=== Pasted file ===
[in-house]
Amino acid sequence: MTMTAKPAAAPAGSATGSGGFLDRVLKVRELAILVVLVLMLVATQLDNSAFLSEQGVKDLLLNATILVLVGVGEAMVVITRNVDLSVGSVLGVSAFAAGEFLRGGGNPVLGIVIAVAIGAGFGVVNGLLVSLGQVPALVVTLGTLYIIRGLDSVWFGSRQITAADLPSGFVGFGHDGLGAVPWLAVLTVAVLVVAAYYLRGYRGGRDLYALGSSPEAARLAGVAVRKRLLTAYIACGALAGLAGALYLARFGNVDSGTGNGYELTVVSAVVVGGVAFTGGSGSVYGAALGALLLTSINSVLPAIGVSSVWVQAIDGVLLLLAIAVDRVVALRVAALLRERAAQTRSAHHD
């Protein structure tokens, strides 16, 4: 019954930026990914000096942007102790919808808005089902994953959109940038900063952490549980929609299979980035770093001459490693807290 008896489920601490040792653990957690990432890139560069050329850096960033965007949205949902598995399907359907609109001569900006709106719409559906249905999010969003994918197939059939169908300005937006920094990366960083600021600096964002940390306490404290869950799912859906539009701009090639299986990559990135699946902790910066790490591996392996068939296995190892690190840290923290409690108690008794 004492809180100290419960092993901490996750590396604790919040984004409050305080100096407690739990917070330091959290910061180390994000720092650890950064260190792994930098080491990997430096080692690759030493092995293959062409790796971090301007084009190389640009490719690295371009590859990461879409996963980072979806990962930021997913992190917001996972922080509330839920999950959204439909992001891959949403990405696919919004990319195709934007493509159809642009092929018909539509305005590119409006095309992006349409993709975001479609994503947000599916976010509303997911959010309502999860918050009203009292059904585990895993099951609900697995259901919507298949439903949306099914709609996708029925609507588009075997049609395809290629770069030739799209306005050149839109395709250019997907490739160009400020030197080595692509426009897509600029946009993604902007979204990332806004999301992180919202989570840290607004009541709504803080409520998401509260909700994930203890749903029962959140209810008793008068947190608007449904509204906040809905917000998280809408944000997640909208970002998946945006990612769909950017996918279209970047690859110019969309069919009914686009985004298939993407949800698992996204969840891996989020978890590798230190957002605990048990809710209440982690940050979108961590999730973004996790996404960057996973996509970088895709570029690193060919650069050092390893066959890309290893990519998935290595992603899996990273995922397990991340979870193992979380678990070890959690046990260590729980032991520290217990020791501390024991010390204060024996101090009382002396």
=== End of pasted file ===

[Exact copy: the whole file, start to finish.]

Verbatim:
[in-house]
Amino acid sequence: MTMTAKPAAAPAGSATGSGGFLDRVLKVRELAILVVLVLMLVATQLDNSAFLSEQGVKDLLLNATILVLVGVGEAMVVITRNVDLSVGSVLGVSAFAAGEFLRGGGNPVLGIVIAVAIGAGFGVVNGLLVSLGQVPALVVTLGTLYIIRGLDSVWFGSRQITAADLPSGFVGFGHDGLGAVPWLAVLTVAVLVVAAYYLRGYRGGRDLYALGSSPEAARLAGVAVRKRLLTAYIACGALAGLAGALYLARFGNVDSGTGNGYELTVVSAVVVGGVAFTGGSGSVYGAALGALLLTSINSVLPAIGVSSVWVQAIDGVLLLLAIAVDRVVALRVAALLRERAAQTRSAHHD
């Protein structure tokens, strides 16, 4: 019954930026990914000096942007102790919808808005089902994953959109940038900063952490549980929609299979980035770093001459490693807290 008896489920601490040792653990957690990432890139560069050329850096960033965007949205949902598995399907359907609109001569900006709106719409559906249905999010969003994918197939059939169908300005937006920094990366960083600021600096964002940390306490404290869950799912859906539009701009090639299986990559990135699946902790910066790490591996392996068939296995190892690190840290923290409690108690008794 004492809180100290419960092993901490996750590396604790919040984004409050305080100096407690739990917070330091959290910061180390994000720092650890950064260190792994930098080491990997430096080692690759030493092995293959062409790796971090301007084009190389640009490719690295371009590859990461879409996963980072979806990962930021997913992190917001996972922080509330839920999950959204439909992001891959949403990405696919919004990319195709934007493509159809642009092929018909539509305005590119409006095309992006349409993709975001479609994503947000599916976010509303997911959010309502999860918050009203009292059904585990895993099951609900697995259901919507298949439903949306099914709609996708029925609507588009075997049609395809290629770069030739799209306005050149839109395709250019997907490739160009400020030197080595692509426009897509600029946009993604902007979204990332806004999301992180919202989570840290607004009541709504803080409520998401509260909700994930203890749903029962959140209810008793008068947190608007449904509204906040809905917000998280809408944000997640909208970002998946945006990612769909950017996918279209970047690859110019969309069919009914686009985004298939993407949800698992996204969840891996989020978890590798230190957002605990048990809710209440982690940050979108961590999730973004996790996404960057996973996509970088895709570029690193060919650069050092390893066959890309290893990519998935290595992603899996990273995922397990991340979870193992979380678990070890959690046990260590729980032991520290217990020791501390024991010390204060024996101090009382002396």